SharePoint Development - Gulp and Spsave

What is spsave?

In a few words, spsave has a Gulp plug-in that allows you to save files in SharePoint 2013/2016 or SharePoint Online (sorry SharePoint 2010 folks but there is an alternative).  For those who are not familiar with Gulp yet, it’s a Javascript toolkit that is used to automate common repetitive development tasks.  If you are interested in learning more about Gulp, you can get more information about it here.

Why spsave?

Spsave allows developers to build code right in Visual Studio, you have to pay for it, or Visual Code, a free IDE with great features. This also means that developing in SharePoint Designer or manual file uploading is no longer necessary, and if you’ve worked with Designer before you’re probably jumping for joy.

How?

Below are a series of steps you need to take to leverage spsave’s Gulp plugin with Visual Code.

The Prerequisites

1. Download and install NodeJS: https://nodejs.org/en/

2. Download and install Visual Code: https://code.visualstudio.com/download

Setup Your Project

3. Create a folder for your SharePoint project on your PC.

Example of folder
Figure 1 - Example of project folder

4. Then open up Visual Code and open the project folder you created.  Opening a project folder can be accomplished by clicking the File tab in the navigation bar and then selecting the Open Folder option.

5. Now you need to install gulp for the project.  Go to the View tab in the navigation bar and then click the Integrated Terminal option. The Integrated Terminal allows you to issue commands for node, git, etc. for your specific project.  Type in “npm install gulp” into the command prompt.

Npm install gulp
Figure 2 - NPM install gulp

6. Then type in “npm install gulp-spsave” into the command prompt.

7. Now it’s time to setup node package manager for the project.  Type in “npm init” into the command prompt.

npm init
Figure 3 - npm init

8. You will be prompted a series of questions to answer (example in the screenshot below).

npm init questions
Figure 4 - Questions to answer when running npm init

9. When complete, you will see a file called package.json created.

package.json
Figure 5 - Newly created package.json file

10. Create the App folder by clicking the folder icon which is the second icon from the left of the project name. This folder is where you will store your files.

Create Folder
Figure 6 - Create folder button

11. Within the App folder, add a file you wish to upload to SharePoint.  Here is an example file we created:

Example file
Figure 7 - Example file to be uploaded to SharePoint

Note: You may wonder why the example has an .aspx extension.  Depending on your site’s Browser File Handling settings, html files might not render in the browser.  If it has an .aspx extension it will always render in the browser.

Setup Gulp

12. Next you will need to create the gulpfile.js .  Click the New File icon which is the first icon from the left of the project name.

Create new file
Figure 8 - New file button

13. Paste the following into the new file and save as "gulpfile.js":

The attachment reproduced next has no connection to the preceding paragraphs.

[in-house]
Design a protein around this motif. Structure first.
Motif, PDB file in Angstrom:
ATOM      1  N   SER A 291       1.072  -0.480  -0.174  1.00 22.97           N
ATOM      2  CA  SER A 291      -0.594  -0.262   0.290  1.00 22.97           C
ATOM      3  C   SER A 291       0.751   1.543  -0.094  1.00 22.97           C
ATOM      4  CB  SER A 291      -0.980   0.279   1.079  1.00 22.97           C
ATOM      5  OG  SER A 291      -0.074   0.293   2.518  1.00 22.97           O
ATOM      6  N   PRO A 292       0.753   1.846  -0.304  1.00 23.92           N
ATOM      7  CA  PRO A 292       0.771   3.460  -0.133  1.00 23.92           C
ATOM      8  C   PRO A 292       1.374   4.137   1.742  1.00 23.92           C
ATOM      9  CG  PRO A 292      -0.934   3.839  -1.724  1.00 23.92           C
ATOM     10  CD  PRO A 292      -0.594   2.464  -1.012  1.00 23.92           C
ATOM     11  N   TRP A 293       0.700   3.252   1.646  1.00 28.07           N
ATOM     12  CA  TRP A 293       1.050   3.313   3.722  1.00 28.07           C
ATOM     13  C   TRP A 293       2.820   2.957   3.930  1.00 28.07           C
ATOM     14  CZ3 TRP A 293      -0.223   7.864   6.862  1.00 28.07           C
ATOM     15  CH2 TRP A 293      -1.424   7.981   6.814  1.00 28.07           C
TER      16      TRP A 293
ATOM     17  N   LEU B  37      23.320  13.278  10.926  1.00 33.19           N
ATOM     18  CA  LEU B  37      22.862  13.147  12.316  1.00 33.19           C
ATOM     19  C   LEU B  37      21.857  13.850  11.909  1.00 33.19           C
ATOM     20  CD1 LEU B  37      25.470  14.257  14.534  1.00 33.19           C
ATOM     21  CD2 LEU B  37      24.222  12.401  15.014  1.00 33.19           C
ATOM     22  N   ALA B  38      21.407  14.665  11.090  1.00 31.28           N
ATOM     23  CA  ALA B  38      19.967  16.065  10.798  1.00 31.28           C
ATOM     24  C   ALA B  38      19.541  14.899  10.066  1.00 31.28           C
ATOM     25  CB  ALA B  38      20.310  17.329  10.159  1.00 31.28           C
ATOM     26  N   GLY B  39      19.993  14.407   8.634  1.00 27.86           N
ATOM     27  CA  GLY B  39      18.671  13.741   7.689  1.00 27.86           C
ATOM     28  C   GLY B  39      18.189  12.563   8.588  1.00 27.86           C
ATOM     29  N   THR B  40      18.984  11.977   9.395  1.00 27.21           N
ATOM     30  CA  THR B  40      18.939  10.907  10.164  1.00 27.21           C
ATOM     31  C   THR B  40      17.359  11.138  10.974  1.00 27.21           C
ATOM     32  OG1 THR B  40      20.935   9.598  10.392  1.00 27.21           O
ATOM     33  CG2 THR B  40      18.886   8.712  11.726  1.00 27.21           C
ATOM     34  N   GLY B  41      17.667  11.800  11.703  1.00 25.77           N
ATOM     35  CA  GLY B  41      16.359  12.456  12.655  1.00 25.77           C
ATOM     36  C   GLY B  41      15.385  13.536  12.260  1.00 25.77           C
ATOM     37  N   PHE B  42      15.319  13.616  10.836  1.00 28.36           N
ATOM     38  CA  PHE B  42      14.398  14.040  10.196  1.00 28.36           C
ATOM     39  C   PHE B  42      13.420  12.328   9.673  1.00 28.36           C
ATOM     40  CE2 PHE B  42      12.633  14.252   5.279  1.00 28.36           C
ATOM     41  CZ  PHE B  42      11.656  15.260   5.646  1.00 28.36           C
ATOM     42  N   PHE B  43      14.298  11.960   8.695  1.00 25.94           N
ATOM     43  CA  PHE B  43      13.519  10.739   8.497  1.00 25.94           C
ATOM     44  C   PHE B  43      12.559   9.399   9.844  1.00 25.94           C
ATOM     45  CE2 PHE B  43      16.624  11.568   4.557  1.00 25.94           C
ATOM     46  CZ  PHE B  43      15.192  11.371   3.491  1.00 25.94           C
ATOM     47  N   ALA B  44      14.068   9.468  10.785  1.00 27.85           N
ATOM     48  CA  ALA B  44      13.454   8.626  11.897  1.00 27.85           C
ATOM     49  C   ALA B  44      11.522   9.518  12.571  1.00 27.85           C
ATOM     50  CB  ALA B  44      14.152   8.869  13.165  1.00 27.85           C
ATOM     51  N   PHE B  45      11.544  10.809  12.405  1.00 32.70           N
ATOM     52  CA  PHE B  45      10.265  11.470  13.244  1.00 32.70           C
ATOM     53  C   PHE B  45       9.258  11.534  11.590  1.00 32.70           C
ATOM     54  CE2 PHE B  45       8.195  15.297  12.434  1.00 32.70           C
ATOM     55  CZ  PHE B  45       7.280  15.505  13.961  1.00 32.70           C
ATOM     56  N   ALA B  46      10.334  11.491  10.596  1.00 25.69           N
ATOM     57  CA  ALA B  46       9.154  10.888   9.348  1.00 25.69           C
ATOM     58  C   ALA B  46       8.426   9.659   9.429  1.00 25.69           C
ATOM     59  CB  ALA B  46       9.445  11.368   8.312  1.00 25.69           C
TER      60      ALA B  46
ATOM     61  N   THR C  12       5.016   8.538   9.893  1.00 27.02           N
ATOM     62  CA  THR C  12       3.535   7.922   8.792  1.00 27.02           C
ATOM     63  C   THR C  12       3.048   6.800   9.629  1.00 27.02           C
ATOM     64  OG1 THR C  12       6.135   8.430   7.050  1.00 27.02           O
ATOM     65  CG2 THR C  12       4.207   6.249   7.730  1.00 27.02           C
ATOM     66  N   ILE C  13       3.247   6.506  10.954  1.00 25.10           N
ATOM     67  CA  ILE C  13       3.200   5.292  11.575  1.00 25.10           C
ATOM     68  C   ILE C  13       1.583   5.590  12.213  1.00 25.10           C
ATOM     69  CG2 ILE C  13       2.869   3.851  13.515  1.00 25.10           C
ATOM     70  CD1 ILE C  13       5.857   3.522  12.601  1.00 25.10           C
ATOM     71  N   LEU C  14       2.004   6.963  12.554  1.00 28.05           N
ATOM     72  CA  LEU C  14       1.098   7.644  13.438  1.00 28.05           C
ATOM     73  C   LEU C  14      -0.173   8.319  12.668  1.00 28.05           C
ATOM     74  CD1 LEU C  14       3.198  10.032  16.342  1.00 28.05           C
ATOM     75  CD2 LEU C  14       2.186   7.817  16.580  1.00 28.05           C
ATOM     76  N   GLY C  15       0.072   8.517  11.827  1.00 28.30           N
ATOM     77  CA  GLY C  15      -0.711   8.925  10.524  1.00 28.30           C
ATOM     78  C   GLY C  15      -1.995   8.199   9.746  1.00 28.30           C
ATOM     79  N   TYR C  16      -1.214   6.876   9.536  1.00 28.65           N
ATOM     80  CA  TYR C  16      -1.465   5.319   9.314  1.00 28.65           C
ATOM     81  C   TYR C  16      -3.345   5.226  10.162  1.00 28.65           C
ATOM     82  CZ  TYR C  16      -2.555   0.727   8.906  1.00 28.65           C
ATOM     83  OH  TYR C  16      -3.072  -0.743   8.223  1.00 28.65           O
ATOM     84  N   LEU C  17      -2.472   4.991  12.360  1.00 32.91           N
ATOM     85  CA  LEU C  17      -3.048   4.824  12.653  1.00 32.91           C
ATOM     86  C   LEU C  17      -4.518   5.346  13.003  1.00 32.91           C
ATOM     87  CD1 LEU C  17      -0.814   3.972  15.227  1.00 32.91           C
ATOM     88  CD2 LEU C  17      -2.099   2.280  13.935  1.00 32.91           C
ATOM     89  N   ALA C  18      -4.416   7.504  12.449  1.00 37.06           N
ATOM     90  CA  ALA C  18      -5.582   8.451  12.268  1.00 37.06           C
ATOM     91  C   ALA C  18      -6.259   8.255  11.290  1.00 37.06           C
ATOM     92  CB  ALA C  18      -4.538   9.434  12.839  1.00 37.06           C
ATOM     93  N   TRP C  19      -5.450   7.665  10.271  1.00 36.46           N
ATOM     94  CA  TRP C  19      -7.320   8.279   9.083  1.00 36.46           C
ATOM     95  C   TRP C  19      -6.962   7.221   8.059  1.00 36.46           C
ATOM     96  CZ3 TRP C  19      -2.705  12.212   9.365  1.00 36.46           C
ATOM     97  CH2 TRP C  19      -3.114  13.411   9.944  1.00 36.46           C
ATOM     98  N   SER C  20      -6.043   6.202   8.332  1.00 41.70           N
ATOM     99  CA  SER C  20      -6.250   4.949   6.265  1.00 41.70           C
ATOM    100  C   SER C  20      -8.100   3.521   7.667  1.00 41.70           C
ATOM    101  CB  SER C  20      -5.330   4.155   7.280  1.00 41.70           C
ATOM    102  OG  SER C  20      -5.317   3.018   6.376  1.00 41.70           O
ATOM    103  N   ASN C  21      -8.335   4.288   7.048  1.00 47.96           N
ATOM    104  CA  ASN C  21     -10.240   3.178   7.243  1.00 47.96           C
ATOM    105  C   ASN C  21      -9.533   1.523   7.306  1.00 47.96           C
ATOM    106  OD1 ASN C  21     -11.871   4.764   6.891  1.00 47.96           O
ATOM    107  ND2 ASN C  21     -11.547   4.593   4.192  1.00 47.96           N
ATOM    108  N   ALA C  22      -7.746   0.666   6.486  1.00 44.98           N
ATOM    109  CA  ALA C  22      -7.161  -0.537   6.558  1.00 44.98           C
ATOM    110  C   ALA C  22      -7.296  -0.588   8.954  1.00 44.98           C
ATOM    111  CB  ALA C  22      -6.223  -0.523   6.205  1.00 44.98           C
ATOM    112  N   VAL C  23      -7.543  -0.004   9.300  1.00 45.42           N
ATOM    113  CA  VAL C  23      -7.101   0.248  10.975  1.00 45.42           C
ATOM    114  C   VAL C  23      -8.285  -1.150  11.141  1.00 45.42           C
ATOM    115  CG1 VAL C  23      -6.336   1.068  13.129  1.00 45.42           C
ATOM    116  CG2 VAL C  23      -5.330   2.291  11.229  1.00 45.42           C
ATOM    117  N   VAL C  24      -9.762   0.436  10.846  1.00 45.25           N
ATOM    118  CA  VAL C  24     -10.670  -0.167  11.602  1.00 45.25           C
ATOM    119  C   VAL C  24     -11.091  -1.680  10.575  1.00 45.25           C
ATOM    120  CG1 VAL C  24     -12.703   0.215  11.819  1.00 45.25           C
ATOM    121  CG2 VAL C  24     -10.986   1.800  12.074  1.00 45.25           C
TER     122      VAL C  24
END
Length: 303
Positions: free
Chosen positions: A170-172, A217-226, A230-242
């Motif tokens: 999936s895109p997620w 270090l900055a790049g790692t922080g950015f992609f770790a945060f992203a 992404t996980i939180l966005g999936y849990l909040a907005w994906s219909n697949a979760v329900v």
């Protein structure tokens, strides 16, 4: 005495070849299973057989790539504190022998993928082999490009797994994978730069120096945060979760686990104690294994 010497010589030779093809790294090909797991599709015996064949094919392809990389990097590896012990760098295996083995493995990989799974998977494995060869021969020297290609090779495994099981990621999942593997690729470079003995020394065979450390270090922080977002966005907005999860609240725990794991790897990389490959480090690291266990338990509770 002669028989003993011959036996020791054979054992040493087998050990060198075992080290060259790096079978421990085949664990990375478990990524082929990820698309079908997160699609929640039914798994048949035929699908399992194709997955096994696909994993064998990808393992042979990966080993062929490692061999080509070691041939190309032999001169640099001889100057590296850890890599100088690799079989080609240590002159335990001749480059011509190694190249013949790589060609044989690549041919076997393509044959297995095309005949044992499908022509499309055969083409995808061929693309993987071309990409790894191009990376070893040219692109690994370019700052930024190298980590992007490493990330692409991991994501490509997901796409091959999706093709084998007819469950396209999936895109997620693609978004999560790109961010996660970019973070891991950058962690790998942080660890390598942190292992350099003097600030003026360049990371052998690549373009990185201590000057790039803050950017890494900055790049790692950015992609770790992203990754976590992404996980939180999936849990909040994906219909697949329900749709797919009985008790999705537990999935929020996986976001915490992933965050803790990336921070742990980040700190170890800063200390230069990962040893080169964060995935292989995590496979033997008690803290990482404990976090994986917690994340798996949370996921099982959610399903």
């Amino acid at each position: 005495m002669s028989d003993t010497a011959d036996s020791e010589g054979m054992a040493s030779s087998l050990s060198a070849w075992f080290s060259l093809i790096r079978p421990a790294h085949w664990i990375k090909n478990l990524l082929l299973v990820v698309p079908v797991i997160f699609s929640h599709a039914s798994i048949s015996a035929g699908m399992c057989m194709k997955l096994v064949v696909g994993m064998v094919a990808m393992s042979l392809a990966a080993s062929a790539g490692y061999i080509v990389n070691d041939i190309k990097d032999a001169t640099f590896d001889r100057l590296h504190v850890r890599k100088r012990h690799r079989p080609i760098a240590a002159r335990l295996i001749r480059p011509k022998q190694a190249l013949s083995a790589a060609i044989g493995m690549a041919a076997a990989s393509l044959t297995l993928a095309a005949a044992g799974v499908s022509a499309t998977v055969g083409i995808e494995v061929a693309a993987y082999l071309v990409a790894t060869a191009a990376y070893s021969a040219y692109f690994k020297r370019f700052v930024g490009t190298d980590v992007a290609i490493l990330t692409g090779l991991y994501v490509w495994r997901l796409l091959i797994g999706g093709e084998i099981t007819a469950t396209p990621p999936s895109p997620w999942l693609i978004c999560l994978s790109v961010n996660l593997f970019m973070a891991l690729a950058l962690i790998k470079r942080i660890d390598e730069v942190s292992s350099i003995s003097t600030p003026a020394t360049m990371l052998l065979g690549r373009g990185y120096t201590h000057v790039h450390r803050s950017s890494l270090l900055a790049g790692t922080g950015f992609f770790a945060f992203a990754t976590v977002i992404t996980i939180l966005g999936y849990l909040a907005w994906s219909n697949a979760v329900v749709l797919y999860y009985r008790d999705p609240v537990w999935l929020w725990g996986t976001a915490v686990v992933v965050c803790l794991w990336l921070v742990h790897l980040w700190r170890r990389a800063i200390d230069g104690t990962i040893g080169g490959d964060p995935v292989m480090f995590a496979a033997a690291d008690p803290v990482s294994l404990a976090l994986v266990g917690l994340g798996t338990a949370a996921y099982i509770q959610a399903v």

1.  var gulp = require("gulp");
2.  var spsave = require("gulp-spsave");
3.  var coreOptions = {
4.    siteUrl: '[Your Sharepoint Site]'
5.  };
6.  var creds = {
7.    username: '[Your Username]',
8.    password: '[Your Password]'    
9.  };
10. gulp.task("save", function () {
11.    return gulp.src(["./App/**/*.*"], { base: "App" })
12.        .pipe(spsave({
13.            siteUrl: coreOptions.siteUrl,
14.            folder: "Style%20Library",
15.            flatten: false
16.        }, creds));
17. });
18. gulp.task("default", ["save"], function () { });

14. On line 4 change the siteURL property to the SharePoint site you are working with.

15. Line 11 identifies what files in the project will be copied.  In our example we will copy all the contents within the App folder.

16. Line 14 identifies where the files will be saved to on SharePoint. In this example that will be the Style Library of your SharePoint site.

17. Line 7 and 8 identifies what username and password you use to log into SharePoint.  These are required with spsave.

18. Line 18 identifies that when you run gulp’s build task (“default”), run the “save” task (line 10) which leverages the spsave functionality.

Configure Task Runner Gulp

19. Now we just need to tell Visual Code to run Gulp.  Open the Command Palette by clicking on the View tab in the navigation bar and select the Command Palette option.

20. Type in Configure Task Runner and hit Enter

Configure Task Runner
Figure 9 - Configure Task Runner

20. Select the Gulp option.

Select Gulp
Figure 10 - Select Gulp

 

Run Gulp

22. To run Gulp you can press “Ctrl + Shift + B” which runs the build task and, if your setup is correct, the Gulp task should finish without any errors (example below).

Successful upload
Figure 11 - Example of a successful build

Check SharePoint

23. When you navigate to the Style Library of your SharePoint site you will see the files within the App folder are uploaded.

Files on SharePoint
Figure 12 - File successfully uploaded to SharePoint with gulp-spsave

Example on Github

If you’re interested we have this Visual Code project used in the aforementioned instructions loaded on GitHub at spsave-example.

 

This lays the foundation for you to use gulp-spsave and start developing modern SharePoint applications.  Gulp offers so much more development aids, so keep an eye on our blog for future tips.  At Definitive Logic we know SharePoint Development!

Author: 
David Osorio and John Kerski